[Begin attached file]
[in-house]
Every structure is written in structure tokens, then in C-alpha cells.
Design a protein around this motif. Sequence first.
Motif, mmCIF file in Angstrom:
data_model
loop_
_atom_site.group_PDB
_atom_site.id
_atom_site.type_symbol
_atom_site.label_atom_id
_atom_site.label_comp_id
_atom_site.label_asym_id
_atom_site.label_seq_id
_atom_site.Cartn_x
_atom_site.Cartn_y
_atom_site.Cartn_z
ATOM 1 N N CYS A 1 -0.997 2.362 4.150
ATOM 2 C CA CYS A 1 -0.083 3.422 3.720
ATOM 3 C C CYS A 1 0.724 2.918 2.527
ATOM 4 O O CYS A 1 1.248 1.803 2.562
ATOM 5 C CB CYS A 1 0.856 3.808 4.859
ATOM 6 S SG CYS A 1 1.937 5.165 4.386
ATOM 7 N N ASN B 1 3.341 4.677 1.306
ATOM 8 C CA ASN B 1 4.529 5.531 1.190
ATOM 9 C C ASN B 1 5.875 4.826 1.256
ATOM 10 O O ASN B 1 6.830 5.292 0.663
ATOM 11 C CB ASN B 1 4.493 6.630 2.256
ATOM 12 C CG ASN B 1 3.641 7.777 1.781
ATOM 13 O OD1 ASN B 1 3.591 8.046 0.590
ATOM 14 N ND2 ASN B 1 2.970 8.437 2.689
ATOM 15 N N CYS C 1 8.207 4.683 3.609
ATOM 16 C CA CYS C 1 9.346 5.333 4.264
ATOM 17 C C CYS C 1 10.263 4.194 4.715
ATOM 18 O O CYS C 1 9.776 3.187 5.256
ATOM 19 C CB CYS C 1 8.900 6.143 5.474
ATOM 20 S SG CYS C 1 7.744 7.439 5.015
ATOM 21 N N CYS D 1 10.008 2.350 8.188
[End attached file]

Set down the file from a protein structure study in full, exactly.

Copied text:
[in-house]
Every structure is written in structure tokens, then in C-alpha cells.
Design a protein around this motif. Sequence first.
Motif, mmCIF file in Angstrom:
data_model
loop_
_atom_site.group_PDB
_atom_site.id
_atom_site.type_symbol
_atom_site.label_atom_id
_atom_site.label_comp_id
_atom_site.label_asym_id
_atom_site.label_seq_id
_atom_site.Cartn_x
_atom_site.Cartn_y
_atom_site.Cartn_z
ATOM 1 N N CYS A 1 -0.997 2.362 4.150
ATOM 2 C CA CYS A 1 -0.083 3.422 3.720
ATOM 3 C C CYS A 1 0.724 2.918 2.527
ATOM 4 O O CYS A 1 1.248 1.803 2.562
ATOM 5 C CB CYS A 1 0.856 3.808 4.859
ATOM 6 S SG CYS A 1 1.937 5.165 4.386
ATOM 7 N N ASN B 1 3.341 4.677 1.306
ATOM 8 C CA ASN B 1 4.529 5.531 1.190
ATOM 9 C C ASN B 1 5.875 4.826 1.256
ATOM 10 O O ASN B 1 6.830 5.292 0.663
ATOM 11 C CB ASN B 1 4.493 6.630 2.256
ATOM 12 C CG ASN B 1 3.641 7.777 1.781
ATOM 13 O OD1 ASN B 1 3.591 8.046 0.590
ATOM 14 N ND2 ASN B 1 2.970 8.437 2.689
ATOM 15 N N CYS C 1 8.207 4.683 3.609
ATOM 16 C CA CYS C 1 9.346 5.333 4.264
ATOM 17 C C CYS C 1 10.263 4.194 4.715
ATOM 18 O O CYS C 1 9.776 3.187 5.256
ATOM 19 C CB CYS C 1 8.900 6.143 5.474
ATOM 20 S SG CYS C 1 7.744 7.439 5.015
ATOM 21 N N CYS D 1 10.008 2.350 8.188